I suggest super critical xenon gas. Its critical point is a few degrees below room temperature (or at rm temp in the UK I presume), and around 60 bars of pressure. I learned this when I left a xenon experiment alone overnight; the room temperature accidentally went way over normal rm temp and the container exploded. Need a pretty strong shell, but doable.
sqeaketh the wheel, Mar 13 2014

       Would't it be quicker and simpler to fill the "beans" with copper acetylide ?   


       Also, these beans appear to be quite small. It would be better if the acetylide-filled synthetic beans were slightly larger, perhaps the size of a coconut.
8th of 7, Mar 13 2014

       Well, while we're at it, we might as well throw some nitrogen triiodide into the mix!
afinehowdoyoudo, Mar 14 2014

       The choice of a phase-change (liquid-gas) material instead of a gas or an artificial muscle was meant to maximize the power density when absorbing heat not far above ambient... Not sure if that is correct, though.   

       Also, a charge of liquid working fluid would buffer against tiny leaks. A 'bean' filled with just air at ambient pressure would also work well in this respect, but would need a lot of heat to make it go. I like the idea of coconut-sized units: very manly.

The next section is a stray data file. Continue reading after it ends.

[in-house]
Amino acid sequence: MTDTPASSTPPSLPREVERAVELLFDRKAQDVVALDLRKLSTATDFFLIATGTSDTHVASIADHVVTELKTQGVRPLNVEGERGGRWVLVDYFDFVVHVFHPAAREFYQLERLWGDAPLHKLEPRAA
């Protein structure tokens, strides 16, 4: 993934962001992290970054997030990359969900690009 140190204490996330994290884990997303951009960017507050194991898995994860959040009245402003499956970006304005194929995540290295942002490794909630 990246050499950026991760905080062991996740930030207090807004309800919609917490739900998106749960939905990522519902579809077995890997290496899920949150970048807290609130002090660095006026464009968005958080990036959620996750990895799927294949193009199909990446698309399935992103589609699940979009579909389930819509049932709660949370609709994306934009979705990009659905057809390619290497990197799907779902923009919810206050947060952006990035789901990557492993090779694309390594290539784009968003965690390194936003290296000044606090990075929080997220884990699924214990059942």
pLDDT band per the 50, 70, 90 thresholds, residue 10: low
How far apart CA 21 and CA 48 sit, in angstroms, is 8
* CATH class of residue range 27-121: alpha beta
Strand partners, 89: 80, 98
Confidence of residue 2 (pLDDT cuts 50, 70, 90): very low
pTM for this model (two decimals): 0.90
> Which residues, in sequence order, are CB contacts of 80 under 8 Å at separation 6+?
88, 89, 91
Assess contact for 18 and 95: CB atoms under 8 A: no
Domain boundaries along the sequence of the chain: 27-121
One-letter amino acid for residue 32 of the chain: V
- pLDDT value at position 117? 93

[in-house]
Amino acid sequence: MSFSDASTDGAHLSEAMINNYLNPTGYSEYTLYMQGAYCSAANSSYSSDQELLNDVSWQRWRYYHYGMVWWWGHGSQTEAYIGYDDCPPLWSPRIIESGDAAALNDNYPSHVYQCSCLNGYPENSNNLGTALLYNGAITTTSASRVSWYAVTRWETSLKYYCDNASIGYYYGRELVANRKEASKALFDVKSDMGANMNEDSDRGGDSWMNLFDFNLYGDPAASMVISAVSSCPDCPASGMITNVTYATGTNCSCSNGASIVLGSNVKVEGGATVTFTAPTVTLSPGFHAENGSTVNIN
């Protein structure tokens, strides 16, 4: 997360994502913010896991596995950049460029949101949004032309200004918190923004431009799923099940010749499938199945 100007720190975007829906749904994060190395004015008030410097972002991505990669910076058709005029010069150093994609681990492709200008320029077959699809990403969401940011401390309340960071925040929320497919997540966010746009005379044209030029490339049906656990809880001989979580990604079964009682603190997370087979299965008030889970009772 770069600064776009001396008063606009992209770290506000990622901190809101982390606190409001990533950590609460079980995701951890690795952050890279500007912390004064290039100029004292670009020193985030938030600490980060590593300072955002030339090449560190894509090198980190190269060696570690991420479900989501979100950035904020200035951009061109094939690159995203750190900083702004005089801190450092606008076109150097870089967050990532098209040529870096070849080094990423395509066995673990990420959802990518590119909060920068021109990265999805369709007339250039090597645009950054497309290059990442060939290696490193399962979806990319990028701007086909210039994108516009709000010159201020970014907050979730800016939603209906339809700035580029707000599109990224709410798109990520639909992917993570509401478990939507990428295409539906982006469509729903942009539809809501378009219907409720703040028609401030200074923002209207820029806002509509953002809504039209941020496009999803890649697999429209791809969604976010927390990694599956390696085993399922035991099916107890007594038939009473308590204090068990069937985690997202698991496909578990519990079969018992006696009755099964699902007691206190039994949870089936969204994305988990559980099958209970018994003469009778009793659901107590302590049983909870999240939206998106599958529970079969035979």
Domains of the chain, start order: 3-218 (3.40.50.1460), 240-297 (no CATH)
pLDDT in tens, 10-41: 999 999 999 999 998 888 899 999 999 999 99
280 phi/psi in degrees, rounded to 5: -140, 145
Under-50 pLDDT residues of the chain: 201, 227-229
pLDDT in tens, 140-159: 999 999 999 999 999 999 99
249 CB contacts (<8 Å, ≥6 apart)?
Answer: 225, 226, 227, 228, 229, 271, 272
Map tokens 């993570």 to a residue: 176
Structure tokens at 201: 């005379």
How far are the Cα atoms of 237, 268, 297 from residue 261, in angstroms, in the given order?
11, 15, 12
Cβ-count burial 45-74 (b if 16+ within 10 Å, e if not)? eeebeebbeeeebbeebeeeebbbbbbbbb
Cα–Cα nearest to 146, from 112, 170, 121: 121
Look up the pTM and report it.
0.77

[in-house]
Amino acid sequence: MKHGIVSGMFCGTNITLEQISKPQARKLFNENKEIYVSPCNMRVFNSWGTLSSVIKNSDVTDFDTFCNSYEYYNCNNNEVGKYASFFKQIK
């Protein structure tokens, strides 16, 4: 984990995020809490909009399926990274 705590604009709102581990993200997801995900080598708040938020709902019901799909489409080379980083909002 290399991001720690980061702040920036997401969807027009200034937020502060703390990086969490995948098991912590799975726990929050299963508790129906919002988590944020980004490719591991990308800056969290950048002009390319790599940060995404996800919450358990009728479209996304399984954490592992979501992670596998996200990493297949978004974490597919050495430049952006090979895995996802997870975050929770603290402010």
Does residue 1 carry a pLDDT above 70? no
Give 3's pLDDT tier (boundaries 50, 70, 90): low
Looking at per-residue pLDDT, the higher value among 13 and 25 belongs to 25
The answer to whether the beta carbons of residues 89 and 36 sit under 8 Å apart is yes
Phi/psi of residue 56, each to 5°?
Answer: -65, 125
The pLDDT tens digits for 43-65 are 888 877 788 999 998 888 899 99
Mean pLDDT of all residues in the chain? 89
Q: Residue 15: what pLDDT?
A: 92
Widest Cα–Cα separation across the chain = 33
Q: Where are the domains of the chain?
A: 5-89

I will await reportage of the jumping bimetallic discs with bated, if not held, breath.
afinehowdoyoudo, Mar 14 2014

       I envision these things as dimpled like a steel drum. And they would ring like a steel drum, especially if they caught some decent air on jumping.
bungston, Mar 16 2014

       Love it.
A sphericon-ish shape with a little twist could control orientation after each pop from the weight displacement.

       I can now report on the jumping discs (link).   

       They are discs, and they jump.   

       To elaborate, they are bimetal discs about an inch across, slightly concave (or convex, depending on your perspective). When warmed in the hand and pressed, they click to become convex (or concave, etc). When placed on a flat surface and left to cool for a few moments, they snap back the other way and launch themselves in to the air.
MaxwellBuchanan, Mar 16 2014

       The long winter evenings must simply fly by …
8th of 7, Mar 16 2014

       Self-uncorrecting-recorrecting Gömböcs
4whom, Mar 16 2014

       How large can such a disc be and still jump?
bungston, Mar 16 2014

       //How large can such a disc be and still jump?//   

       That's a good question. I would imagine it could be quite large. At large diameters, the thickness (of each of the two layers comprising the bimetal) would have to be greater.   

       At very large diameters, air resistance (actually the inability of air to rush in under the disc as it tries to jump) will stop the disc from jumping.
MaxwellBuchanan, Mar 16 2014

       It could be perforated to let air thru.
bungston, Mar 16 2014

       It could, but it would be simpler to do this on the moon. Less gravity, too. And a wide temperature range.
MaxwellBuchanan, Mar 16 2014